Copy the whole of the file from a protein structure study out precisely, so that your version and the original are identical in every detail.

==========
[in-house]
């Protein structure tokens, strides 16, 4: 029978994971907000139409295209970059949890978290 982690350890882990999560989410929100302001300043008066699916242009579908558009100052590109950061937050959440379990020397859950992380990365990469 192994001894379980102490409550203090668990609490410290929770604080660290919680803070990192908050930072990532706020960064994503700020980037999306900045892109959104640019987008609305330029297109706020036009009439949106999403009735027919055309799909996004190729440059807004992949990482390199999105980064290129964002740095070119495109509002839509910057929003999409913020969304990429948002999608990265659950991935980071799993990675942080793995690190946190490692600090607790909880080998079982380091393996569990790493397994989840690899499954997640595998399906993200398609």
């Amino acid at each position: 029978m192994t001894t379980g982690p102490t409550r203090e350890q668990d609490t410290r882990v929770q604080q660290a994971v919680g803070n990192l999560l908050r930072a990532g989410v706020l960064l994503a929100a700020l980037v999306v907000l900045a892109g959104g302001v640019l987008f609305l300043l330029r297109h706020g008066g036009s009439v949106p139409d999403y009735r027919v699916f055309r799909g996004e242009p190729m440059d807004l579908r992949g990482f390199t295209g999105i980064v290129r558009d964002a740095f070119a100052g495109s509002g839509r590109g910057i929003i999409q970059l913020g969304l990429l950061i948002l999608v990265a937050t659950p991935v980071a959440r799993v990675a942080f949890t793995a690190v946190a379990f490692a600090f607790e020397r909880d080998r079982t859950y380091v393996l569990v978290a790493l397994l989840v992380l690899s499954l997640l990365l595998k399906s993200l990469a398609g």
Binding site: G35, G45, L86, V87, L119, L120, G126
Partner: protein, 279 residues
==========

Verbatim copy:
[in-house]
């Protein structure tokens, strides 16, 4: 029978994971907000139409295209970059949890978290 982690350890882990999560989410929100302001300043008066699916242009579908558009100052590109950061937050959440379990020397859950992380990365990469 192994001894379980102490409550203090668990609490410290929770604080660290919680803070990192908050930072990532706020960064994503700020980037999306900045892109959104640019987008609305330029297109706020036009009439949106999403009735027919055309799909996004190729440059807004992949990482390199999105980064290129964002740095070119495109509002839509910057929003999409913020969304990429948002999608990265659950991935980071799993990675942080793995690190946190490692600090607790909880080998079982380091393996569990790493397994989840690899499954997640595998399906993200398609």
């Amino acid at each position: 029978m192994t001894t379980g982690p102490t409550r203090e350890q668990d609490t410290r882990v929770q604080q660290a994971v919680g803070n990192l999560l908050r930072a990532g989410v706020l960064l994503a929100a700020l980037v999306v907000l900045a892109g959104g302001v640019l987008f609305l300043l330029r297109h706020g008066g036009s009439v949106p139409d999403y009735r027919v699916f055309r799909g996004e242009p190729m440059d807004l579908r992949g990482f390199t295209g999105i980064v290129r558009d964002a740095f070119a100052g495109s509002g839509r590109g910057i929003i999409q970059l913020g969304l990429l950061i948002l999608v990265a937050t659950p991935v980071a959440r799993v990675a942080f949890t793995a690190v946190a379990f490692a600090f607790e020397r909880d080998r079982t859950y380091v393996l569990v978290a790493l397994l989840v992380l690899s499954l997640l990365l595998k399906s993200l990469a398609g």
Binding site: G35, G45, L86, V87, L119, L120, G126
Partner: protein, 279 residues